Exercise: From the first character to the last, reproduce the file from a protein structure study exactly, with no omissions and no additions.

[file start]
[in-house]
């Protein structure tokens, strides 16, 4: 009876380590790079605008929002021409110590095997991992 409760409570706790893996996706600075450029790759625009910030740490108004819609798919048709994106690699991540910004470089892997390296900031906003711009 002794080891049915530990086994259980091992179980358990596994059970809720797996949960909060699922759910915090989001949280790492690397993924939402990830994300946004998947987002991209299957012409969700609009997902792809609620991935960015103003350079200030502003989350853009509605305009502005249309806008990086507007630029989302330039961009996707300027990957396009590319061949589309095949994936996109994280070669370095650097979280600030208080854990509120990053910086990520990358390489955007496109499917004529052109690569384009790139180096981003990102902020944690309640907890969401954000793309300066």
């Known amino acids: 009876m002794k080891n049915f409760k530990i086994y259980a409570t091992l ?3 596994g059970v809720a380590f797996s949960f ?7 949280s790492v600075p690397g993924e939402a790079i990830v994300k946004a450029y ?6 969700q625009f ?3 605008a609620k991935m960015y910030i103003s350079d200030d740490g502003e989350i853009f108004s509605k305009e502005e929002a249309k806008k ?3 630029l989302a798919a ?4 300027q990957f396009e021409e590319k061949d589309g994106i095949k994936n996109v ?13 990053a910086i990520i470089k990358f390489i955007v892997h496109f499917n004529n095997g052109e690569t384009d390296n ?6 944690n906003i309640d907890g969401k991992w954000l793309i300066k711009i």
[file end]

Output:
[in-house]
């Protein structure tokens, strides 16, 4: 009876380590790079605008929002021409110590095997991992 409760409570706790893996996706600075450029790759625009910030740490108004819609798919048709994106690699991540910004470089892997390296900031906003711009 002794080891049915530990086994259980091992179980358990596994059970809720797996949960909060699922759910915090989001949280790492690397993924939402990830994300946004998947987002991209299957012409969700609009997902792809609620991935960015103003350079200030502003989350853009509605305009502005249309806008990086507007630029989302330039961009996707300027990957396009590319061949589309095949994936996109994280070669370095650097979280600030208080854990509120990053910086990520990358390489955007496109499917004529052109690569384009790139180096981003990102902020944690309640907890969401954000793309300066």
């Known amino acids: 009876m002794k080891n049915f409760k530990i086994y259980a409570t091992l ?3 596994g059970v809720a380590f797996s949960f ?7 949280s790492v600075p690397g993924e939402a790079i990830v994300k946004a450029y ?6 969700q625009f ?3 605008a609620k991935m960015y910030i103003s350079d200030d740490g502003e989350i853009f108004s509605k305009e502005e929002a249309k806008k ?3 630029l989302a798919a ?4 300027q990957f396009e021409e590319k061949d589309g994106i095949k994936n996109v ?13 990053a910086i990520i470089k990358f390489i955007v892997h496109f499917n004529n095997g052109e690569t384009d390296n ?6 944690n906003i309640d907890g969401k991992w954000l793309i300066k711009i």